- The Washington Times
Tuesday, September 25, 2018

The Department of Justice’s antitrust chief said Tuesday the department will implement a series of small steps to expedite a merger review process he said had become “unduly lengthy.”

Speaking at a global antitrust conference in Washington, D.C., Assistant Attorney General Mark Delrahim said accelerating the review process is a priority of the Trump Administration because it reduces the burden on businesses.

“Delay is a form of uncertainty and risk, and we should seek to remove it from the merger review process whenever possible,” he said.

Mr. Delrahim said antitrust reviews took an average of 10.8 months to resolve last year, a 65 percent increase from an average of 7.1 months in 2013.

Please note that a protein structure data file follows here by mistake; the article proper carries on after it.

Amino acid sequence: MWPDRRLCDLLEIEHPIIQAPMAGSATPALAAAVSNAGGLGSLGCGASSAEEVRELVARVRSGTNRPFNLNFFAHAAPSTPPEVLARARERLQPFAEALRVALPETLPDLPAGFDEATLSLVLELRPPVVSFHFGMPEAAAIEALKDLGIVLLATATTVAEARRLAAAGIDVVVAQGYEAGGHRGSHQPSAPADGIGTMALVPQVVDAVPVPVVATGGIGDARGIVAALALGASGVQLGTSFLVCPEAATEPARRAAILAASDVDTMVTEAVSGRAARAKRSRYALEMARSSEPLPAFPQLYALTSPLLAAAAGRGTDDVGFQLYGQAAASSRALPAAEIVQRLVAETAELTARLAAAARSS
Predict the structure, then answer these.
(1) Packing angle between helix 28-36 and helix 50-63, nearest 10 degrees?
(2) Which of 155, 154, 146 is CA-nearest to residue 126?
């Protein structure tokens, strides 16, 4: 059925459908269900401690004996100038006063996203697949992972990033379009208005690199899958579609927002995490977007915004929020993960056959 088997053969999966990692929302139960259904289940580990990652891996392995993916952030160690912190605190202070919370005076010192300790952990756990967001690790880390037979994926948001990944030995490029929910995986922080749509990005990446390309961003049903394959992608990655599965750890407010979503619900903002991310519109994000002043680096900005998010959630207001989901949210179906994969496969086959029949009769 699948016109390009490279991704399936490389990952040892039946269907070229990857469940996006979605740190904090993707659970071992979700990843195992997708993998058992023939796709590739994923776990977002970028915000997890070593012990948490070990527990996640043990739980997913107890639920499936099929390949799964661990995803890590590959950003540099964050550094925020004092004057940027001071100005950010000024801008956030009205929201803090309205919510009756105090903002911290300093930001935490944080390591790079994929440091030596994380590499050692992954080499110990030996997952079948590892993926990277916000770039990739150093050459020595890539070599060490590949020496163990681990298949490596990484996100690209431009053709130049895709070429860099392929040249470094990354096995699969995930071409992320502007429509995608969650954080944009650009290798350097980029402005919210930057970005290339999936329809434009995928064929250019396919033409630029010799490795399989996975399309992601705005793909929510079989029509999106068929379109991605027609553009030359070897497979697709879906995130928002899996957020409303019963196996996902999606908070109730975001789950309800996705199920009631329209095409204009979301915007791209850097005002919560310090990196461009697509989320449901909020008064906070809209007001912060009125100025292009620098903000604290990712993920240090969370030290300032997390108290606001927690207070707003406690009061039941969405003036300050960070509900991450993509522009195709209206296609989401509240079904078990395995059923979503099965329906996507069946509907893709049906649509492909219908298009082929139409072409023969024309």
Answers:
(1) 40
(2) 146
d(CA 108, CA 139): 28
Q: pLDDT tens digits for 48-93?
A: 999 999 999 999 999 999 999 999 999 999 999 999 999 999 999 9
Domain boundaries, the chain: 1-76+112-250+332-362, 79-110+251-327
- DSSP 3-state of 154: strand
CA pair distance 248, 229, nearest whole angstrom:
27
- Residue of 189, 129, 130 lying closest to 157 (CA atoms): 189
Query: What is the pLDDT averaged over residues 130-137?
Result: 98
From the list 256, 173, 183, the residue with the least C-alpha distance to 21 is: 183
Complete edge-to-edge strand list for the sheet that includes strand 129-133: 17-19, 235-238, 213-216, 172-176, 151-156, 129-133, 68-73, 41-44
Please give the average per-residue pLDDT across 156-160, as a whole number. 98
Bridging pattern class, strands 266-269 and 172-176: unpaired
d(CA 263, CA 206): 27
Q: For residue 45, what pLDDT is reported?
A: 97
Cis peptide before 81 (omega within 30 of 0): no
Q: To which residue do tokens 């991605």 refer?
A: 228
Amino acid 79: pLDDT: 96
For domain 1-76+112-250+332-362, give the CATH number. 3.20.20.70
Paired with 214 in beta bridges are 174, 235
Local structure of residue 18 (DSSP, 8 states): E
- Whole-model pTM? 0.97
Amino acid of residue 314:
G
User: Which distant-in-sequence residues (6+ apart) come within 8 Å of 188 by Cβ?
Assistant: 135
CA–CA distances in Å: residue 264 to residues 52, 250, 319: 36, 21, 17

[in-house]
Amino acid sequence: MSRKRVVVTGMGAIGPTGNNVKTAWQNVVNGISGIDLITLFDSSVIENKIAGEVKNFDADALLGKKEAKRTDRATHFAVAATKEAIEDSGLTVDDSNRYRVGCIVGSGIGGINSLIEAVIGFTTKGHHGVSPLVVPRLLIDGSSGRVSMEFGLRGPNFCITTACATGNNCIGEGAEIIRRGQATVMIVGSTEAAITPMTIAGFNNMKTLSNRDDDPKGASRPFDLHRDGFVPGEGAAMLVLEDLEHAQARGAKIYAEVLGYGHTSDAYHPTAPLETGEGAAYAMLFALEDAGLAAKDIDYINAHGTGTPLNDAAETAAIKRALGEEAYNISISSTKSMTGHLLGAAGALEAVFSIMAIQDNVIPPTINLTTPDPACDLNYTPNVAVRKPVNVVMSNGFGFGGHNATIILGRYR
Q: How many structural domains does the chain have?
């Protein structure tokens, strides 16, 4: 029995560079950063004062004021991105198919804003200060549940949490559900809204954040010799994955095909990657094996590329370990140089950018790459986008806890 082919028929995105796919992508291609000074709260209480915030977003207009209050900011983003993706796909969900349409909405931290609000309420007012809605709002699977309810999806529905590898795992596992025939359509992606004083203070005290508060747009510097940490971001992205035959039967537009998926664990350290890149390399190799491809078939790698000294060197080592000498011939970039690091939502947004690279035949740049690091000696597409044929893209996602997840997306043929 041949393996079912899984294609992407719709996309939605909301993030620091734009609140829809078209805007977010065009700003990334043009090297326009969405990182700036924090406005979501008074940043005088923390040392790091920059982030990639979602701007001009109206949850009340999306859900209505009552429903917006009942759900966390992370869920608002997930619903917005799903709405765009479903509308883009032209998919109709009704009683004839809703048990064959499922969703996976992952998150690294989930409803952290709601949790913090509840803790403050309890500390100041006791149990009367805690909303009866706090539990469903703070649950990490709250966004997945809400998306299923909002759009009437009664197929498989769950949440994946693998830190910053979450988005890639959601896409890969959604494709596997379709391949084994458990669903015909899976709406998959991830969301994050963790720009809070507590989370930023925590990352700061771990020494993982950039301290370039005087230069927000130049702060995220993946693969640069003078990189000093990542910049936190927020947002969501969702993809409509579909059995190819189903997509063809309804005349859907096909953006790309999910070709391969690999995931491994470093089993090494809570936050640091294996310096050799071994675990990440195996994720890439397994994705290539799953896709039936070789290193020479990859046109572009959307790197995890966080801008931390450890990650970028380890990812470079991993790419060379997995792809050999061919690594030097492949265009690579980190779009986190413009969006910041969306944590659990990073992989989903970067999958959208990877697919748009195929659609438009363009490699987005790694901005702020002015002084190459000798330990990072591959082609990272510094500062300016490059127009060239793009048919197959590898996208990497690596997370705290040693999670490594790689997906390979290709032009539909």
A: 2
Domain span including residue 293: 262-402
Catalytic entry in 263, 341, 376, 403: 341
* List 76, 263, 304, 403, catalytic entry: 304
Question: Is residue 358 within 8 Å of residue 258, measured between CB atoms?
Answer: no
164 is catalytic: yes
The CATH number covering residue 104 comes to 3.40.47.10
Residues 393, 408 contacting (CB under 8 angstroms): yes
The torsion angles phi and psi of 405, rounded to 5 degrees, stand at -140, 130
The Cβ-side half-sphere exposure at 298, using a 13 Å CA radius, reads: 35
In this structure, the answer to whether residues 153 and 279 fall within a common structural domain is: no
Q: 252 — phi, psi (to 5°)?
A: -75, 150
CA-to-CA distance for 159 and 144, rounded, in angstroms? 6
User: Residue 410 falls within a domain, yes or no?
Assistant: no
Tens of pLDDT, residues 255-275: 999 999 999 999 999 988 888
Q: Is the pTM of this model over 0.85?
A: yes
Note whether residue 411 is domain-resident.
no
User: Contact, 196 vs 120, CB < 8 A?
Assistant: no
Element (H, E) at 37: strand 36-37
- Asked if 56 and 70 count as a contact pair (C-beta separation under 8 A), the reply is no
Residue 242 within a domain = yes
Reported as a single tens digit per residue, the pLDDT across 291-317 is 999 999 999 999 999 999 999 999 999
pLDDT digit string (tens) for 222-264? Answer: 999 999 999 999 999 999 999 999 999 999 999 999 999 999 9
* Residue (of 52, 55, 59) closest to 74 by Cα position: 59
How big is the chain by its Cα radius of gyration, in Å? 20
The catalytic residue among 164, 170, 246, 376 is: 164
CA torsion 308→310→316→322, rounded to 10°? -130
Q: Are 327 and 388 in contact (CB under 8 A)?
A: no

The processes has become drawn-own because of several factors, Mr. Delrahim said. An increased amount of data and documents, more coordination with foreign officials and the time it takes for companies to divest units all add to the delay, according to Mr. Delrahim.

“Nobody wins with unduly lengthy reviews, other than lawyers and expert economists perhaps,” he said.

In order to speed up the process, the Justice Department will now meet with parties early in the process; allow parties to volunteer key documents during the waiting period and use model timing agreements to create a more orderly process for parties to submit documents.

“We are committed to accelerating the pace of merger review consistent with enforcing the law because we believe that doing so is good for American consumers and taxpayers,” Mr. Delrahim said.

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